For the past twelve weeks, I have been a student in a job-training program for women. Graduation day is looming, and I'm going to miss it.
However, I think that I come off as a bit of a shill. White, Jewish, under 40, native-born, and college-educated, I have to admit that I'm one of the few in the class to hit all those markers. However, this doesn't bother me in the slightest. When I was a kid, I went to school in Baldwin Hills. For those readers unfamiliar with Los Angeles, Baldwin Hills is an upper-middle-class neighborhood in LA. An upper-middle-class black neighborhood. I was the poor white kid from the broken home with the crazy, alcoholic father, and most of my classmates were black kids with intact families whose parents were professionals and drove BMWs. (It was the 80s--decade of greed and status symbols.) It was like living in the movie White Man's Burden. Naturally, given the demographic of the school, we learned a lot more than the usual Martin Luther King and George Washington Carver and Civil Rights Movement during Black History Month. In fact, it took me years to realize that suffrage leader Susan B. Anthony was Caucasian.
Fast forward to today. I consider myself fairly colorblind, with the upbringing I had. However, there were a couple of instances where I'm not so sure.
First of all, we had to create PowerPoint presentations for businesses we might like to start. When I put in pictures, I included a rather adorable one of Thing 1 (since my business was a forest kindergarten for city kids, it was relevant). My classmate saw the presentation, and asked me if the school was only for white people. I quickly added another picture, this one featuring two black kids. It hadn't even occurred to me that my classmates might not see themselves or their children in my presentation.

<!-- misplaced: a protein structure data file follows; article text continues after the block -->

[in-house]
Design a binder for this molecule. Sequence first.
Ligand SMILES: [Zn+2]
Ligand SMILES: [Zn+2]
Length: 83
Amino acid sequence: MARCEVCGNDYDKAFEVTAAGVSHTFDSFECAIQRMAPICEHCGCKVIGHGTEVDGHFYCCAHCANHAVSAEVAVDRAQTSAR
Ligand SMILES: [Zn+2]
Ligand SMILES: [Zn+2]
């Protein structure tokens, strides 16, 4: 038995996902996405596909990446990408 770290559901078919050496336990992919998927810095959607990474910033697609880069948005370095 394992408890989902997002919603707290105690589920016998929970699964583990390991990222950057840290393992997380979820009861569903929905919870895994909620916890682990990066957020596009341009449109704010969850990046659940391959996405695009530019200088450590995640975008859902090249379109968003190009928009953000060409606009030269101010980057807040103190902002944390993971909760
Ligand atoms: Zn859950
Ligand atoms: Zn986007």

The other was a little more amusing. We were planning an end-of-course potluck party, and being something of a queen of the deep-fry, I offer up some of my homemade fried chicken. It's one of my comfort foods, and I've been told that it's quite good by people who are not related to me. One of my classmates told me, "Now, you know we're all black women, and we'll know good fried chicken. It had better be good." I looked around at my cohort. (We were divided into three cohorts for this program) These were women I had been in class with for twelve weeks, and the cohort had only a little bit of change. I realized, after going to class with this group for three months, that I was the only white person in the room! I hadn't really thought about it. To me, they were just my classmates, and race had never really been a factor. But that is also a form of privilege in itself. To go through life not having to think about race.